1912 Phot0

Worker

People represent the real history of the Poor House.  Well intending earlier citizens, although forced by government decrees, hoped to provide a better environment for the poor.  Citizens, directors, and overseers worked diligently to maintain good living conditions and a pleasant atmosphere at the home.  Rules governed how the overseer would perform daily duties.  Behaviors for remaining in the house addressed the daily and weekly activities of inmates.  Any able bodied person worked on the farm or in the house. 

 

Social activities and curfews addressed the requirements of living at the house including many deriving from community norms especially in regards to adherence to religious activity on the Sabbath.

Not all was rosy at the farm.     

In 1962 two inmates attempted to burn down the building.

 

 

 

 

 

 

 

 

In his 1990 article Steve Young states, “The Sheldon farm was the best of a bad system.  Poor farms and overseers of the poor constituted, statewide, a jumble of locally run, patched-together institutions that often resulted in harsh, inhumane treatment of the downtrodden and disabled.  And yet at Sheldon Springs, by most accounts, poor farm inmates, especially in the institution’s later years, were treated with care and consideration.”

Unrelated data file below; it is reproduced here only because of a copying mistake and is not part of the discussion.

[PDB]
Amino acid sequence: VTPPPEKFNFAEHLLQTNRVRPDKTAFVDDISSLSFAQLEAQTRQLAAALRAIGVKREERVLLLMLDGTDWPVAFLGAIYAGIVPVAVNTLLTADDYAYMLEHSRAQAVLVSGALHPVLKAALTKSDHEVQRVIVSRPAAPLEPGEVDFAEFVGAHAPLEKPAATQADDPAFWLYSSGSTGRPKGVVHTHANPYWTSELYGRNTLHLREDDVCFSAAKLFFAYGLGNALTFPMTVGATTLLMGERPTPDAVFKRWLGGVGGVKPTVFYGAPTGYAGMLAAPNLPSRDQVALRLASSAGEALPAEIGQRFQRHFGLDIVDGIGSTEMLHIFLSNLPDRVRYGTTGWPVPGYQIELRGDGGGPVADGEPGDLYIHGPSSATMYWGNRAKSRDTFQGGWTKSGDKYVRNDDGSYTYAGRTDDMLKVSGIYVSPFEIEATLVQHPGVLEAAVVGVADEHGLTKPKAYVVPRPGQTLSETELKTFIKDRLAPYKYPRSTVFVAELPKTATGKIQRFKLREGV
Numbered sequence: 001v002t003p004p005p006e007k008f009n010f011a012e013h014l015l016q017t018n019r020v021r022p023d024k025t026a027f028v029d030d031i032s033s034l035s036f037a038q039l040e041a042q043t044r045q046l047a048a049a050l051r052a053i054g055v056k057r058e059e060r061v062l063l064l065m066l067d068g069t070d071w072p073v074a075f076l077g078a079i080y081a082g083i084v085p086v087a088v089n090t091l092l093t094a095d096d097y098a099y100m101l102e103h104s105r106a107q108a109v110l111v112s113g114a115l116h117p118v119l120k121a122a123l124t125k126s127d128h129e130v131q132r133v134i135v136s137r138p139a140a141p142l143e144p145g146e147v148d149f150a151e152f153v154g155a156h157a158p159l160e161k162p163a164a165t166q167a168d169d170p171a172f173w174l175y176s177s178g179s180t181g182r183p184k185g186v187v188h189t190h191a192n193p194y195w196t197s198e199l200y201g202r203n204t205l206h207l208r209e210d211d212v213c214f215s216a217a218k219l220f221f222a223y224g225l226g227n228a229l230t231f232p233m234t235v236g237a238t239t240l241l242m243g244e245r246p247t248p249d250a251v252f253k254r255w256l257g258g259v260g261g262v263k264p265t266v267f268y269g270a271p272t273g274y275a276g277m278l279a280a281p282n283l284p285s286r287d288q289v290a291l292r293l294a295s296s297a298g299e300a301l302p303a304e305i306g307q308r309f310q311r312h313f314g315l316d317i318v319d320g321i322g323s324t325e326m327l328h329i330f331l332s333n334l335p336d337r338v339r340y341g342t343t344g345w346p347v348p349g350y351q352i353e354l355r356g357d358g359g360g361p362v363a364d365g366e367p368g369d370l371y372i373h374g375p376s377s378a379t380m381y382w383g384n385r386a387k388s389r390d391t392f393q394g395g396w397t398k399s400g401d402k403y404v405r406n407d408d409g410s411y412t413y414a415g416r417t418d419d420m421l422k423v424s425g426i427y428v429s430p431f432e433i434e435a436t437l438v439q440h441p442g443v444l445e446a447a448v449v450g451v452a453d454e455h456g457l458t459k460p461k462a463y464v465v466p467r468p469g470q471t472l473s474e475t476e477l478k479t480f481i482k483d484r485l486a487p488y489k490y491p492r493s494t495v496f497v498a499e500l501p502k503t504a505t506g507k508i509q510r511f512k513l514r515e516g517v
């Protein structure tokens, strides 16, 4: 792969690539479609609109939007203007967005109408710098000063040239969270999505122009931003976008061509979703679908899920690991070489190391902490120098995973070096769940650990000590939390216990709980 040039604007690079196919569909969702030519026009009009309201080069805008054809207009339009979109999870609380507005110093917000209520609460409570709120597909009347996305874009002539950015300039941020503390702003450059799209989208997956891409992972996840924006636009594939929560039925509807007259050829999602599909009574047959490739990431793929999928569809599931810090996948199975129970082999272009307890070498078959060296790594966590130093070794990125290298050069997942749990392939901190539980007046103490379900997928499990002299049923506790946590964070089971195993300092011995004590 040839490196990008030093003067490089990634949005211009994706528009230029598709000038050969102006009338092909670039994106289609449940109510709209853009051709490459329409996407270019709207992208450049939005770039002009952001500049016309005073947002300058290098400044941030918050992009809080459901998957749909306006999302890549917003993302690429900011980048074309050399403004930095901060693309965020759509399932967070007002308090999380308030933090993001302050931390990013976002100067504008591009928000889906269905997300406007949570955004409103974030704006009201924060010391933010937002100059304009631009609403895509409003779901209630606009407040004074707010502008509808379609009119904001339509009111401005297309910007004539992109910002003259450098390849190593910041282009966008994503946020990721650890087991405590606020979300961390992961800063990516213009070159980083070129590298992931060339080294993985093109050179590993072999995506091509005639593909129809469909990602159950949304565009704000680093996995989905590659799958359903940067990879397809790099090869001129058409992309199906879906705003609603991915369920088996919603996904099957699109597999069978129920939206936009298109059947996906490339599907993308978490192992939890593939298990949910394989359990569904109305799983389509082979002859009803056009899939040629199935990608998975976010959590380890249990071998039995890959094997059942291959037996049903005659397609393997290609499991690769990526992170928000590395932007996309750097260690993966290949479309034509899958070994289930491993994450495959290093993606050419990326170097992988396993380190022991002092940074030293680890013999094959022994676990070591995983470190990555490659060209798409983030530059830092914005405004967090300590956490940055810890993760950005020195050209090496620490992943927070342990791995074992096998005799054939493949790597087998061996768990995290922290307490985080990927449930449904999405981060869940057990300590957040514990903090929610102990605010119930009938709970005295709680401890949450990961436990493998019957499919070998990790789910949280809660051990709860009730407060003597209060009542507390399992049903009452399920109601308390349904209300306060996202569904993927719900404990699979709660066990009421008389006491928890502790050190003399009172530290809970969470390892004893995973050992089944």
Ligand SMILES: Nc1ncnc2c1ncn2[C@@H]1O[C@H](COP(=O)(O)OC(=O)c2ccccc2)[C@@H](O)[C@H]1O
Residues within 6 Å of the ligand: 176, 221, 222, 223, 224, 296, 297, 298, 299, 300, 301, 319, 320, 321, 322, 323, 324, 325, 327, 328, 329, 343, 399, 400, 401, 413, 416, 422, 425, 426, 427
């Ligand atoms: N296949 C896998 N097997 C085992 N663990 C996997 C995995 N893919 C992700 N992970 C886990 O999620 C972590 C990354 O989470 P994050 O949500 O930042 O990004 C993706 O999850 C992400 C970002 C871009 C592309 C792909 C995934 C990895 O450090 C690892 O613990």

Relatives, friends, and neighbors visited the home and the inmates although not as frequently as might be needed.  At least on living resident says  “I remember going with my Grandparents every Christmas  We went up every year with a group of other volunteers and joy and happiness to all on that special day.  I can remember walking in and what it looked like. Those days I will never forget.  They are the most memorable when I was growing up.”

In spite of our best intentions the Poor House concept failed to live up to expectations.  Once at the farm few inmates left.  In 1968 a Mrs. Nolan, overseer, states that inmates “had no other home, knew no other home. Home was here.” The hope of temporary assistance while transitioning to a better lifestyle eluded the efforts of all involved. 

 

Finally The Welfare Act of 1967 ended local care and responsibility for the poor and transferred it to the State of Vermont.  On October 1, 1968 all inmates of the Sheldon Home moved to other locations in the state.  Now nearly 50 years later we can wonder if the “new” system works.  The “New” system attempted in 1968 now modified by additional legislations still leaves many of our more unfortunate citizens homeless, hungry, and unattended by medical or mental health specialists.  Some states continue to examine the “Farm” concept today to lessen the situation of homelessness, but few return to that idea with zeal. 

 

Homelessness, poverty, ill-health, and mental health persist through human history.  Our means of dealing with these persons and their issues successfully continues to elude us.  The Sheldon Poor Farm represents one effort successful at the time to a limited extent and then rendered obsolete not by the elimination of poverty but by new found methods of deal with it.